Great North Passion

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The Great North Passion is no longer being performed. However, if you would like to start a new play in your town or city, please contact the Passion Trust for help, advice and funding.

Great North Passion on the BBC website

This page is a record of the Great North Passion in 2013.

A red stage box sits in front of an old church on a green lawn.Thousands gather in Bent’s Park, South Shields on Good Friday for BBC One’s extraordinary spectacle, The Great North Passion. The one-hour live event and broadcast reveals a giant iconic installation in the shape of a cross. This is a unique and innovative retelling of the story of the Passion.
Fern Britton and singer Alexandra Burke join local community participants. These are dancers and graffiti artists to a mass choir. Together telling the story of the last moments of Christ’s life, from his trial and suffering to his eventual death.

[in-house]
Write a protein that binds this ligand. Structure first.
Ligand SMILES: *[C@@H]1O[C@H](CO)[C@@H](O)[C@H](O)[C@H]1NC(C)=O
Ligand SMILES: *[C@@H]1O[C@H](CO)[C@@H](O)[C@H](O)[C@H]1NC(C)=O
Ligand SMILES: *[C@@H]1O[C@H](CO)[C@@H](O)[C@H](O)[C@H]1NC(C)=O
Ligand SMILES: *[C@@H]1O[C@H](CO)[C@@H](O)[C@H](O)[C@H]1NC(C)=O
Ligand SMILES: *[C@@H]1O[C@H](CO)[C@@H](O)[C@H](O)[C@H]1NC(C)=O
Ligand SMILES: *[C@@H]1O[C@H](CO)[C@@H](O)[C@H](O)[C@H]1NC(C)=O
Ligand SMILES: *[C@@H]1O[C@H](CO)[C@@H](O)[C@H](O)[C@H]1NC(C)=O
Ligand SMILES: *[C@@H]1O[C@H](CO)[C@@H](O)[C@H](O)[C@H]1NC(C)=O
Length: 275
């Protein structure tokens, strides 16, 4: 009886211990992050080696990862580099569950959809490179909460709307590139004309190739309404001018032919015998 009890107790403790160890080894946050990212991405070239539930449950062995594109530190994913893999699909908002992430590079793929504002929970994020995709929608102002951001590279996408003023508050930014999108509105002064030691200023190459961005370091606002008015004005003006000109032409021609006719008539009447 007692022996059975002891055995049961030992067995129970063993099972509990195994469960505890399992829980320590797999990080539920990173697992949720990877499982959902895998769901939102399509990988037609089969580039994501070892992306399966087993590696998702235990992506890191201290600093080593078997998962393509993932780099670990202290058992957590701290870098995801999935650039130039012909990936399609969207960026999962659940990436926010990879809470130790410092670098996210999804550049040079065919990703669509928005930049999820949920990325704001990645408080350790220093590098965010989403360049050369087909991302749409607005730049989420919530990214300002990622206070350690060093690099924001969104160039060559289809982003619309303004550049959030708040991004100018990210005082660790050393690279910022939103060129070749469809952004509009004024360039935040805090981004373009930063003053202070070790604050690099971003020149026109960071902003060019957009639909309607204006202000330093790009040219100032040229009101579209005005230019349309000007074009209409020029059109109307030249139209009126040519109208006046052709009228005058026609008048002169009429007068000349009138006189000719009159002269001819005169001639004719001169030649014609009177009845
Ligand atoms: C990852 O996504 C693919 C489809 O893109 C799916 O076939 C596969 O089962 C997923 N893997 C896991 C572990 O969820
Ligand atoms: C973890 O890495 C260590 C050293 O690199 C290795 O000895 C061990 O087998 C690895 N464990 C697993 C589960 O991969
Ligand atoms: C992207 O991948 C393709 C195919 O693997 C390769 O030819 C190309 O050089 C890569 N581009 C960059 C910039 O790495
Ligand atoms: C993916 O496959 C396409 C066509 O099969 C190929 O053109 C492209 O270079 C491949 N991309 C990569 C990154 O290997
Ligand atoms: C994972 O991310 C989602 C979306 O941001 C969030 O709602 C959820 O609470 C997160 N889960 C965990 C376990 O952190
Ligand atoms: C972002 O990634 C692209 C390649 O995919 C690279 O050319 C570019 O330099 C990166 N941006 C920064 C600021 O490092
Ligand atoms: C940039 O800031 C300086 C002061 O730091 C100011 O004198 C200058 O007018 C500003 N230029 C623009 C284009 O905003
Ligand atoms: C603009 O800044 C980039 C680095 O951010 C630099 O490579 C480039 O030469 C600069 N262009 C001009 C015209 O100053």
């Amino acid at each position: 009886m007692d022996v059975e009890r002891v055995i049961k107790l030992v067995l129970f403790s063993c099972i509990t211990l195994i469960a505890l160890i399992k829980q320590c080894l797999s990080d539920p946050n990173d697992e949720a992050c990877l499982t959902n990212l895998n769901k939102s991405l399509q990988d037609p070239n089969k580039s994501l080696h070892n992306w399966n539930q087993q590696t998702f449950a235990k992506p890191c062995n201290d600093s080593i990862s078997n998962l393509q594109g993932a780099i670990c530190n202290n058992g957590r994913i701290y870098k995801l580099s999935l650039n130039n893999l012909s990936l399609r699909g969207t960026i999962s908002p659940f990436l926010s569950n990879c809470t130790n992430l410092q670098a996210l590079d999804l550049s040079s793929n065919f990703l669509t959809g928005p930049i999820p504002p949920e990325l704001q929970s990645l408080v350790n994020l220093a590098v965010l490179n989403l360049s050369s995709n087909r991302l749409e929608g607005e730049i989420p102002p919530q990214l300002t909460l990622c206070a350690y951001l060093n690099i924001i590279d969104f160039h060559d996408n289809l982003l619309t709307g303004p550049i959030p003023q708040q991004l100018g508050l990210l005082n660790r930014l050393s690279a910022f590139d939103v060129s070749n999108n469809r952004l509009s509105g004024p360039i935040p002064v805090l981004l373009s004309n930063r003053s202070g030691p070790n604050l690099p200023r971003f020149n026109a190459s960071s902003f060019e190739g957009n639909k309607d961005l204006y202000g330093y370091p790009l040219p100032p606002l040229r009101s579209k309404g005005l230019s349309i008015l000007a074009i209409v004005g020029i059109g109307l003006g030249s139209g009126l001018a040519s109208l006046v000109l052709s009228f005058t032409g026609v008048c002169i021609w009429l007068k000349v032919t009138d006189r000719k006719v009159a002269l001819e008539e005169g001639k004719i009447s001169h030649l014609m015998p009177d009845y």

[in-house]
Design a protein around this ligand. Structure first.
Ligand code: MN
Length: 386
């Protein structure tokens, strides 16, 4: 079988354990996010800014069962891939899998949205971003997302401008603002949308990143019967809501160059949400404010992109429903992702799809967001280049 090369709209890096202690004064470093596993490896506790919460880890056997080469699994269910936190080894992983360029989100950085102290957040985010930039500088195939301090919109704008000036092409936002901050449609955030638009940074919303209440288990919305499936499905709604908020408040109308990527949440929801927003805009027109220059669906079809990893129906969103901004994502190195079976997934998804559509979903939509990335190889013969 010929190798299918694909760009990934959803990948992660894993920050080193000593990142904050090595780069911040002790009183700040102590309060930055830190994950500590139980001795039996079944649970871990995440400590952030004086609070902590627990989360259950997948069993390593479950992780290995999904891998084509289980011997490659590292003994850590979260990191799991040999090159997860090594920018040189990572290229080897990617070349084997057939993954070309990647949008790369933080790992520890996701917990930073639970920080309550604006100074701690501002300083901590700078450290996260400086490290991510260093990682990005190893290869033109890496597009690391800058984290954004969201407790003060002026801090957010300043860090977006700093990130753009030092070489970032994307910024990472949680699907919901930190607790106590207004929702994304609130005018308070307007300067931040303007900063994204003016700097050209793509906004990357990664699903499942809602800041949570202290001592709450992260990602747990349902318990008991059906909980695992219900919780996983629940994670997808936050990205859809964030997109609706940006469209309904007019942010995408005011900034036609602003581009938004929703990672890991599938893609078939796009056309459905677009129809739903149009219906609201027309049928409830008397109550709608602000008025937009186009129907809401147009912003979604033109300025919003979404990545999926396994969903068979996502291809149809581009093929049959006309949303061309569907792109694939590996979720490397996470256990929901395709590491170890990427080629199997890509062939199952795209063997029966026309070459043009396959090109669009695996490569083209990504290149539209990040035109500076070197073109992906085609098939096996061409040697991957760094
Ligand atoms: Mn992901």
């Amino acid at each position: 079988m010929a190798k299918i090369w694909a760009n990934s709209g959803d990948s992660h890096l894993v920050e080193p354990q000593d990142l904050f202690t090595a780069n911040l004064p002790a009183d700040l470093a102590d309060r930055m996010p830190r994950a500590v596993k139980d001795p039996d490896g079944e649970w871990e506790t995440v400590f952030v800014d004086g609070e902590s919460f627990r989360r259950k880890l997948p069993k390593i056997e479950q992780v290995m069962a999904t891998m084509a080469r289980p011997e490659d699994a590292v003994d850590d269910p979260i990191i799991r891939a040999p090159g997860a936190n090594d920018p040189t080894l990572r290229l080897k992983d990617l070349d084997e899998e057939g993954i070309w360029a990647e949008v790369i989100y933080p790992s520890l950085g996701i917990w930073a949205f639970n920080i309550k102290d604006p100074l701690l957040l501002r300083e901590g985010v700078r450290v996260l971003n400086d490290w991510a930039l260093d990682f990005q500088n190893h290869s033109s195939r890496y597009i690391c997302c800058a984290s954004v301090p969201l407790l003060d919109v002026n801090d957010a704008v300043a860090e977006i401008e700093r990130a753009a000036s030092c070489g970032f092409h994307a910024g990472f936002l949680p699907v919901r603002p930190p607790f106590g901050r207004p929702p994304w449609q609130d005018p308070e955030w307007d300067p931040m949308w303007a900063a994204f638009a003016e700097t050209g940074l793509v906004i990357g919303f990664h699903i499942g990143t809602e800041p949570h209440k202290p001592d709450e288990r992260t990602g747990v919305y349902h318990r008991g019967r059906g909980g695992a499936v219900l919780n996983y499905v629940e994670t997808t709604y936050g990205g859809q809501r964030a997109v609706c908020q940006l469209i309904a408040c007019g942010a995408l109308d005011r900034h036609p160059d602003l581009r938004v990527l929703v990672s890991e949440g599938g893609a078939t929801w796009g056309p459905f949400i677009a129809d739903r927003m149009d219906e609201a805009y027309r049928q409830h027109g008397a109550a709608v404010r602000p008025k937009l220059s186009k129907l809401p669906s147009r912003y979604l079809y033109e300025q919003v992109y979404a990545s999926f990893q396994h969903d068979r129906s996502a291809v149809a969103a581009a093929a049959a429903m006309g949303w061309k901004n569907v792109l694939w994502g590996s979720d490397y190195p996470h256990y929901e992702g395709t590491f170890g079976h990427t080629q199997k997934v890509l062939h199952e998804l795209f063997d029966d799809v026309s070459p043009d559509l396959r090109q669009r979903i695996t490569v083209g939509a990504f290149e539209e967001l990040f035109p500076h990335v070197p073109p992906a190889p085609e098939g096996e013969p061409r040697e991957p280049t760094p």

Twelve artists have created new contemporary work with local communities across the north east of England. The stations of the cross inspired these works which will be housed in shipping containers. Once assembled, the organisers will join these together to form a giant, iconic installation in the shape of a cross.

The artworks range in their inspiration and execution. For example, there’s a boat atop a shipping container with a net descending to the floor, made by local fishermen which ask the question ‘what is truth’. Another piece inscribes memories of Northumberlanders on a long wooden table.

The Great North Passion partnered with the Cultural Spring, a £2m Arts Council project to produce the Great North Passion. The project encourages people’s involvement in the arts in Sunderland and South Tyneside.

Local communities in Northumberland, Middlesbrough, North and South Tyneside and Gateshead customised the containers.

Afterwards, singer Alexandra Burke, who performed at the event, said she was “honoured” to be involved.

She said she had “never heard of anything like” using shipping containers to tell the story of Jesus’ death. However it was a “wonderful way of connecting people connected to what Easter is about”, she said.